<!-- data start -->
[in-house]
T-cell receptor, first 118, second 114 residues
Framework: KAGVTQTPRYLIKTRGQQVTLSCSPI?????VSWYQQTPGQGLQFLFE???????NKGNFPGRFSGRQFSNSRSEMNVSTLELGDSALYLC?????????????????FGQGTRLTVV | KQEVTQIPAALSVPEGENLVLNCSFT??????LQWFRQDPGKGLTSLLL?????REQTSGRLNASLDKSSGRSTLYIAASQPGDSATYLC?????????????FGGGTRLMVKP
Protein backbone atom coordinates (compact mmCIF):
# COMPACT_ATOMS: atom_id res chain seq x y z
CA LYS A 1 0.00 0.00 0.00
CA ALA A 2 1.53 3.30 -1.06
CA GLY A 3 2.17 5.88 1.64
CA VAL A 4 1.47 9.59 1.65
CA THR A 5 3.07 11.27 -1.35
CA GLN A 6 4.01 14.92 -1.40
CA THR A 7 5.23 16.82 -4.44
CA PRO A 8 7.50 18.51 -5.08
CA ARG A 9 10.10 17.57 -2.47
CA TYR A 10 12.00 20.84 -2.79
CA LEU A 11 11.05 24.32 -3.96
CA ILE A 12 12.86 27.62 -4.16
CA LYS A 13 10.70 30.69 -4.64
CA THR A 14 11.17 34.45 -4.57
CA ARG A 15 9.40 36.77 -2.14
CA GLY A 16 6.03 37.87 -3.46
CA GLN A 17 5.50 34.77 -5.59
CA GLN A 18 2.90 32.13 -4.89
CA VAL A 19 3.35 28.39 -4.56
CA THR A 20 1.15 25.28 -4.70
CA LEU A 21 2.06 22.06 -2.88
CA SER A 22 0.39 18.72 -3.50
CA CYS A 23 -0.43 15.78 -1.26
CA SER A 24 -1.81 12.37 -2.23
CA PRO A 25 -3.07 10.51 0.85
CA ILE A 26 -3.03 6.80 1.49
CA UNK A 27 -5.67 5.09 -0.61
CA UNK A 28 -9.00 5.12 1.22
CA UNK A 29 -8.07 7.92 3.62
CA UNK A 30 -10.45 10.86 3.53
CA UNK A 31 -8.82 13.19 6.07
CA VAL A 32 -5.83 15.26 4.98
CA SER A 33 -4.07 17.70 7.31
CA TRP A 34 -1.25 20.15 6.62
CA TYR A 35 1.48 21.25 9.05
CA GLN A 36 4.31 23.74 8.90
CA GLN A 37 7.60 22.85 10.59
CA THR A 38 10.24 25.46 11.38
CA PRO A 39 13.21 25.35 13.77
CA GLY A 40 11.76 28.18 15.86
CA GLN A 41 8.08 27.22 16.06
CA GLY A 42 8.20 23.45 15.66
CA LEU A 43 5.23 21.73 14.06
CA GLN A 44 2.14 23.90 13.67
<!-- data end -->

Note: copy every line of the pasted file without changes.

[in-house]
T-cell receptor, first 118, second 114 residues
Framework: KAGVTQTPRYLIKTRGQQVTLSCSPI?????VSWYQQTPGQGLQFLFE???????NKGNFPGRFSGRQFSNSRSEMNVSTLELGDSALYLC?????????????????FGQGTRLTVV | KQEVTQIPAALSVPEGENLVLNCSFT??????LQWFRQDPGKGLTSLLL?????REQTSGRLNASLDKSSGRSTLYIAASQPGDSATYLC?????????????FGGGTRLMVKP
Protein backbone atom coordinates (compact mmCIF):
# COMPACT_ATOMS: atom_id res chain seq x y z
CA LYS A 1 0.00 0.00 0.00
CA ALA A 2 1.53 3.30 -1.06
CA GLY A 3 2.17 5.88 1.64
CA VAL A 4 1.47 9.59 1.65
CA THR A 5 3.07 11.27 -1.35
CA GLN A 6 4.01 14.92 -1.40
CA THR A 7 5.23 16.82 -4.44
CA PRO A 8 7.50 18.51 -5.08
CA ARG A 9 10.10 17.57 -2.47
CA TYR A 10 12.00 20.84 -2.79
CA LEU A 11 11.05 24.32 -3.96
CA ILE A 12 12.86 27.62 -4.16
CA LYS A 13 10.70 30.69 -4.64
CA THR A 14 11.17 34.45 -4.57
CA ARG A 15 9.40 36.77 -2.14
CA GLY A 16 6.03 37.87 -3.46
CA GLN A 17 5.50 34.77 -5.59
CA GLN A 18 2.90 32.13 -4.89
CA VAL A 19 3.35 28.39 -4.56
CA THR A 20 1.15 25.28 -4.70
CA LEU A 21 2.06 22.06 -2.88
CA SER A 22 0.39 18.72 -3.50
CA CYS A 23 -0.43 15.78 -1.26
CA SER A 24 -1.81 12.37 -2.23
CA PRO A 25 -3.07 10.51 0.85
CA ILE A 26 -3.03 6.80 1.49
CA UNK A 27 -5.67 5.09 -0.61
CA UNK A 28 -9.00 5.12 1.22
CA UNK A 29 -8.07 7.92 3.62
CA UNK A 30 -10.45 10.86 3.53
CA UNK A 31 -8.82 13.19 6.07
CA VAL A 32 -5.83 15.26 4.98
CA SER A 33 -4.07 17.70 7.31
CA TRP A 34 -1.25 20.15 6.62
CA TYR A 35 1.48 21.25 9.05
CA GLN A 36 4.31 23.74 8.90
CA GLN A 37 7.60 22.85 10.59
CA THR A 38 10.24 25.46 11.38
CA PRO A 39 13.21 25.35 13.77
CA GLY A 40 11.76 28.18 15.86
CA GLN A 41 8.08 27.22 16.06
CA GLY A 42 8.20 23.45 15.66
CA LEU A 43 5.23 21.73 14.06
CA GLN A 44 2.14 23.90 13.67